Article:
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Companies hoping to curb prescription-drug charges are looking at a host of new cost-control measures.
Martha E. Mangelsdorf, CFO Magazine
February 22, 2005
When the cost to provide prescription-drug coverage to employees at SRA International increased 8 percent during the company's fall 2004 insurance renewal, Wayne Grubbs was delighted. An odd response from SRA's corporate controller and treasurer? Not at all: for other customers of insurer Unicare in the Washington, D.C., metropolitan area, where SRA's employees are concentrated, the cost was going up an average of 17.5 percent. Grubbs credits close attention to pharmacy costs and changes to the company's plan design for an annual savings of more than $350,000.
One key change came in January 2004 when SRA, an IT-services firm with $756 million in revenues and 3,800 employees, adopted a preauthorization program for some types of common drugs. The program requires employees and their doctors to first try cheaper medication options for certain ailments, such as arthritis or common allergies, and move to more-expensive medications only when necessary. That had an immediate effect on costs, recalls Ann W. Denison, vice president and director of human resources at SRA.
"As soon as we started asking the [medical] providers to verify that they had tried over-the-counter or other nonprescription solutions before they went to the prescription, we saved money on drugs," says Denison. Other efforts also helped to moderate cost increases, according to Grubbs, including the use of nurses on staff to help manage large medical claims.
SRA isn't alone in rethinking the way it structures prescription-drug benefits, which now account for about 18 percent of active employees' health-care costs. Companies everywhere are looking for new ways to manage their drug spend, from redefining which drugs or drug classes are considered "preferred" to adopting reference-based pricing (where employees pay the difference for more expensive drugs in the same class) or consumer-driven health plans. (One strategy they won't try: buying drugs from Canada. "It's technically illegal," observes Sean Brandle, vice president at The Segal Co.)
In Towers Perrin's health-care cost survey for 2005, more than 60 percent of employers responding said they are considering new approaches to the prescription-drug benefits they offer. Like Wayne Grubbs and Ann Denison, they are trying to at least slow down this alarmingly fast growing expense. According to an October 2004 report from the Kaiser Family Foundation, $162.4 billion was spent on prescription drugs in the United States in 2002—four times the amount spent in 1990. "We have seen double-digit trends in prescription-drug costs for most of our employer clients dating back to 1999," says Ron Fontanetta, a principal in the health and welfare practice at Towers Perrin.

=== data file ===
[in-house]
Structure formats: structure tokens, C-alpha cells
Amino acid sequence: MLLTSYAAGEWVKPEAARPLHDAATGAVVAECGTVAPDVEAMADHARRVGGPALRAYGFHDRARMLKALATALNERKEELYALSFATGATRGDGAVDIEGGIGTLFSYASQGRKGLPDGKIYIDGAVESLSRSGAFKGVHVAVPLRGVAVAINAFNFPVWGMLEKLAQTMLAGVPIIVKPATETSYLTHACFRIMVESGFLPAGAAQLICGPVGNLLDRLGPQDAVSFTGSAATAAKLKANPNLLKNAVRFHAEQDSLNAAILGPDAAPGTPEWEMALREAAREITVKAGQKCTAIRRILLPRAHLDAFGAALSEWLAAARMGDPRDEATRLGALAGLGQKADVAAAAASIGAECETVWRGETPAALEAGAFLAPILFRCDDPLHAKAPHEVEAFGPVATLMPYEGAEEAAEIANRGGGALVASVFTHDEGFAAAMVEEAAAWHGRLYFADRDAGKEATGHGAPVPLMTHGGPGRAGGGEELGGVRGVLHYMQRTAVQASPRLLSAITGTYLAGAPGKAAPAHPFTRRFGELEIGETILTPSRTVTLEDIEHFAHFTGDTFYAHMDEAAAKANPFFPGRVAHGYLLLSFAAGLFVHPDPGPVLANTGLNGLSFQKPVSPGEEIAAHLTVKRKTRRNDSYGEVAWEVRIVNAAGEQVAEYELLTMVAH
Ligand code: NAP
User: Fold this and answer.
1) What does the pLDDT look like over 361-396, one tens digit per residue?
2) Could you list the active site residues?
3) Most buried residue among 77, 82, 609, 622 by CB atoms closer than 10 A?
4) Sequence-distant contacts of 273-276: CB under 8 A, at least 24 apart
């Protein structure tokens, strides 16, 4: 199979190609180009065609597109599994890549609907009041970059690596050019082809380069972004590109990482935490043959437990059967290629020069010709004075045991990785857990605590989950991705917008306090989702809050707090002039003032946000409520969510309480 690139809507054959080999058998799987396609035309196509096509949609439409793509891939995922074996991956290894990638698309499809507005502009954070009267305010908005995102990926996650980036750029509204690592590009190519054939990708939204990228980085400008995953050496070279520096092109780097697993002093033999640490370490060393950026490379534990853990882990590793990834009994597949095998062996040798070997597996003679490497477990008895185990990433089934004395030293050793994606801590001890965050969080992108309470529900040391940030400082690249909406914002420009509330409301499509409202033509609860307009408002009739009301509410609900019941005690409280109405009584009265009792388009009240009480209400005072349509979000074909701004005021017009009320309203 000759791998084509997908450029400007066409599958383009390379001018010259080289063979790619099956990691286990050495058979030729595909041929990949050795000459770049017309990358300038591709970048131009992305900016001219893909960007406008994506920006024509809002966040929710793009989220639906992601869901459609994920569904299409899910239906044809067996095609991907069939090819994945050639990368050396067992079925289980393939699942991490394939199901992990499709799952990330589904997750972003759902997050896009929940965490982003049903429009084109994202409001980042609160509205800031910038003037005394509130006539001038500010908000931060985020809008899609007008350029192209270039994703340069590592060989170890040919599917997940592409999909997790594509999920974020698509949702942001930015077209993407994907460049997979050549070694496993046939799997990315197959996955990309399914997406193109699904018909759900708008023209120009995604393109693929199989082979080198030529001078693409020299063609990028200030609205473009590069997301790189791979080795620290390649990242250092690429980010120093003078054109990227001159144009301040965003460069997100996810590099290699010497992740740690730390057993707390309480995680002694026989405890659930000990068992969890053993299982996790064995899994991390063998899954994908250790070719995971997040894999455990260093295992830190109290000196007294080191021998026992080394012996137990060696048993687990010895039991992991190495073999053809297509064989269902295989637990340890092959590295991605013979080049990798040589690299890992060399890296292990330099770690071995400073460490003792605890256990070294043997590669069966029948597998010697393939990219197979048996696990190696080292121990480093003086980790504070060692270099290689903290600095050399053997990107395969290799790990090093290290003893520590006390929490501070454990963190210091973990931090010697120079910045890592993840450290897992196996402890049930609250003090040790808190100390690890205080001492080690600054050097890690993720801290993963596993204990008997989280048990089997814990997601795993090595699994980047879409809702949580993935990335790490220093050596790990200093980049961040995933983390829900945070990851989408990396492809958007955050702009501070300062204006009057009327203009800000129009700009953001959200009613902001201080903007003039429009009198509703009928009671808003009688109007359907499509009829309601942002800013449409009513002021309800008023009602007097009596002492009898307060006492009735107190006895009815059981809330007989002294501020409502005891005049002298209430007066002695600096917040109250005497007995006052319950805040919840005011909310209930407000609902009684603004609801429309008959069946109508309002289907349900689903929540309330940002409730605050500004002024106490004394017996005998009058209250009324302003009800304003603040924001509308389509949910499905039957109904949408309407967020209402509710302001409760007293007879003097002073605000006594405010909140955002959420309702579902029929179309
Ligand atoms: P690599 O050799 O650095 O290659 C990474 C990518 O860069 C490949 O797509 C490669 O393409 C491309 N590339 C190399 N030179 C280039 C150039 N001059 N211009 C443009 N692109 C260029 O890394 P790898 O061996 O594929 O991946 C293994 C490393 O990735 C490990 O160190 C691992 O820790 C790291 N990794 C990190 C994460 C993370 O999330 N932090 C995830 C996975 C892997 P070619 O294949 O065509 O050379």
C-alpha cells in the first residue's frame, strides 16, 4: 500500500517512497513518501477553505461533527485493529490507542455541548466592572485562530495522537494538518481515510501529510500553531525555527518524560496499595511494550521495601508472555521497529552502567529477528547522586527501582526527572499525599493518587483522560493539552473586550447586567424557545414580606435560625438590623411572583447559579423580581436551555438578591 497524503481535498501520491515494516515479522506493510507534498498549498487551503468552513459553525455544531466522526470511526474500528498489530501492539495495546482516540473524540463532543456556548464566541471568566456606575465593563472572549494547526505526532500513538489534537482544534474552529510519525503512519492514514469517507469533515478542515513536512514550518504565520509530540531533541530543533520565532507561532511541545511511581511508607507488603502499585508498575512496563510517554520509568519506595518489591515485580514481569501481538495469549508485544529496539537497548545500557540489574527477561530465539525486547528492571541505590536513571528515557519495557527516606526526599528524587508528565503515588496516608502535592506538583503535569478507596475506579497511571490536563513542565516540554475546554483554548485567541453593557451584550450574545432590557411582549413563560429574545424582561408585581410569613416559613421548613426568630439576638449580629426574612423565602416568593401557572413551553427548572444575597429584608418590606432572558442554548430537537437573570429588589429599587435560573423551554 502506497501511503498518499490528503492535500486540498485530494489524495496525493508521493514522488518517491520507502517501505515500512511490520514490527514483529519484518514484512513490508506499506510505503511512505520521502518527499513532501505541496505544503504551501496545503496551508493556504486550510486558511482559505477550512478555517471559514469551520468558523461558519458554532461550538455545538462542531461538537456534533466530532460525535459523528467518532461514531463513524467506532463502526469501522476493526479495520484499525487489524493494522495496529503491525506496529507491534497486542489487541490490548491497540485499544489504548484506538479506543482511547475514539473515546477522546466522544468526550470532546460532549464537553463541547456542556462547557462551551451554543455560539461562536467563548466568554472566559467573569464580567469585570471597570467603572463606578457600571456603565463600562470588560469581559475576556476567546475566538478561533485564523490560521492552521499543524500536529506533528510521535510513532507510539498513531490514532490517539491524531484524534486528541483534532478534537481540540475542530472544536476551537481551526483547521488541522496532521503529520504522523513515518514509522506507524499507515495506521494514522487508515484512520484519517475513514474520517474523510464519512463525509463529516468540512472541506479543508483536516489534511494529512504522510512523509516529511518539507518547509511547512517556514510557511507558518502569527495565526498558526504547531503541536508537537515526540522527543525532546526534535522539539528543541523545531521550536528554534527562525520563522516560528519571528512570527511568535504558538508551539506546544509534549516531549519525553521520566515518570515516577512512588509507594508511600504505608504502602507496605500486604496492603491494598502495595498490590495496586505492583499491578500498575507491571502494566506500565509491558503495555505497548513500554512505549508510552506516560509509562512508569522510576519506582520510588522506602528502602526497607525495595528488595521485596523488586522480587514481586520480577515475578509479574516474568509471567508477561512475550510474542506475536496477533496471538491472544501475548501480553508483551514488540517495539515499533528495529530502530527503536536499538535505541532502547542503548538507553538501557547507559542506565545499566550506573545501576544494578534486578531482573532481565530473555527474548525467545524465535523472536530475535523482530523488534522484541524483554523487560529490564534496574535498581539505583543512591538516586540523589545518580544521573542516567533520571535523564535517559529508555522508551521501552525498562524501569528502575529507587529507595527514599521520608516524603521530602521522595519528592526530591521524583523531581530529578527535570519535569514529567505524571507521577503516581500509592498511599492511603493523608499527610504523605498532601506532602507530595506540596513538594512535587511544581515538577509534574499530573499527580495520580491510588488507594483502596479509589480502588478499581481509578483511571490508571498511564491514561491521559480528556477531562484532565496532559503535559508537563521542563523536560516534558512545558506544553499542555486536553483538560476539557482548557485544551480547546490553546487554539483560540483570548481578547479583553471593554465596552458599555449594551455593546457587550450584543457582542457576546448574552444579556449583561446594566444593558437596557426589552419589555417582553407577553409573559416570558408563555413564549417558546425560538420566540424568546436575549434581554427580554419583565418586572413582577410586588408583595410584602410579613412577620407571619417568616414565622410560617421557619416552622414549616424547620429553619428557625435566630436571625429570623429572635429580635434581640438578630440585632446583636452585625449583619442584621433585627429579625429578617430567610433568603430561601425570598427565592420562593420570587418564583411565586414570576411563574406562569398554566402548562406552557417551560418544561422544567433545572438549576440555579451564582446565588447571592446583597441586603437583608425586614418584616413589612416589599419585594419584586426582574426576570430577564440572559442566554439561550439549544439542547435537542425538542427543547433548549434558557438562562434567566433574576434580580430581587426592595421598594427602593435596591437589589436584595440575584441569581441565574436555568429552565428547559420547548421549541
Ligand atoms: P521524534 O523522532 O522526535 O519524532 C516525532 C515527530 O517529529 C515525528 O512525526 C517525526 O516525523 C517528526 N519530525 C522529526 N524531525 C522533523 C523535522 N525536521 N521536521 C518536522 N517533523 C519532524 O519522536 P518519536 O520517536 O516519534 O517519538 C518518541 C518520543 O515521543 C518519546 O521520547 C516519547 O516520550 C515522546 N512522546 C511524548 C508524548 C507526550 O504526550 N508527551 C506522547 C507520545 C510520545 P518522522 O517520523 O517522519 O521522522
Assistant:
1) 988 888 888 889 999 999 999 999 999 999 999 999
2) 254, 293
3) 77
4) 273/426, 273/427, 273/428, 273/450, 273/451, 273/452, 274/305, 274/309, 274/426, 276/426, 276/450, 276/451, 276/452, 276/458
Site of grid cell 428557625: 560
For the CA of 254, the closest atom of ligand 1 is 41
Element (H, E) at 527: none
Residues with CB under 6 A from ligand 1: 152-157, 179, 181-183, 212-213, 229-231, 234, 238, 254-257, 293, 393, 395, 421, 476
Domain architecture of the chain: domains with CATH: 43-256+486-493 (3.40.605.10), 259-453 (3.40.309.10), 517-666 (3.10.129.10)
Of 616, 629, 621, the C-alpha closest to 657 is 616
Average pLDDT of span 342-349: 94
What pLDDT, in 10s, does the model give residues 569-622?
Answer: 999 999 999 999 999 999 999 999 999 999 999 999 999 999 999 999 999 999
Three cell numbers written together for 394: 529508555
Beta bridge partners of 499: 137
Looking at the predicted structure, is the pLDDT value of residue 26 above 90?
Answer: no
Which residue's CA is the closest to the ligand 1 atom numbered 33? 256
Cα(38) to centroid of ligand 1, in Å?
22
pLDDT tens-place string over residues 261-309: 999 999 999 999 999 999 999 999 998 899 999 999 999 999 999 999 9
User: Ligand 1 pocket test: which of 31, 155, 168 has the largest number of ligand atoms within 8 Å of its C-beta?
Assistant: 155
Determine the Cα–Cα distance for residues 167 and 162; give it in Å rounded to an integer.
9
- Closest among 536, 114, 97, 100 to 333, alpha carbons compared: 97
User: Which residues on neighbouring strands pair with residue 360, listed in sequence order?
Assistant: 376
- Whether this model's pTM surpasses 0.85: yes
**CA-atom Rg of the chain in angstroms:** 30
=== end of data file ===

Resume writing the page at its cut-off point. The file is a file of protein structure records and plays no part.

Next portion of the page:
What's behind the rapid escalation of costs? Kaiser estimates that 42 percent of the increase between 1997 and 2002 was due to increased use of prescription drugs; about a third to shifts to newer, higher-cost drugs; and a quarter to manufacturers' price increases. (It's important to note that in some cases, higher drug costs may be balanced by reduced health-care costs elsewhere, as when drug treatment replaces surgery. Changing medical guidelines for treating such conditions as high cholesterol also, arguably, reduce the long-term cost of heart disease.)
Moreover, marketing and advertising by pharmaceutical companies have also contributed to higher drug prices. According to Fontanetta, there has been a "very direct correlation between the increased spend that employers are witnessing and the promotional efforts" of the pharmaceutical manufacturing industry. A study prepared for Kaiser by researchers at Harvard and MIT estimates that direct-to-consumer advertising accounted for 12 percent of the growth in spending on prescription drugs between 1999 and 2000.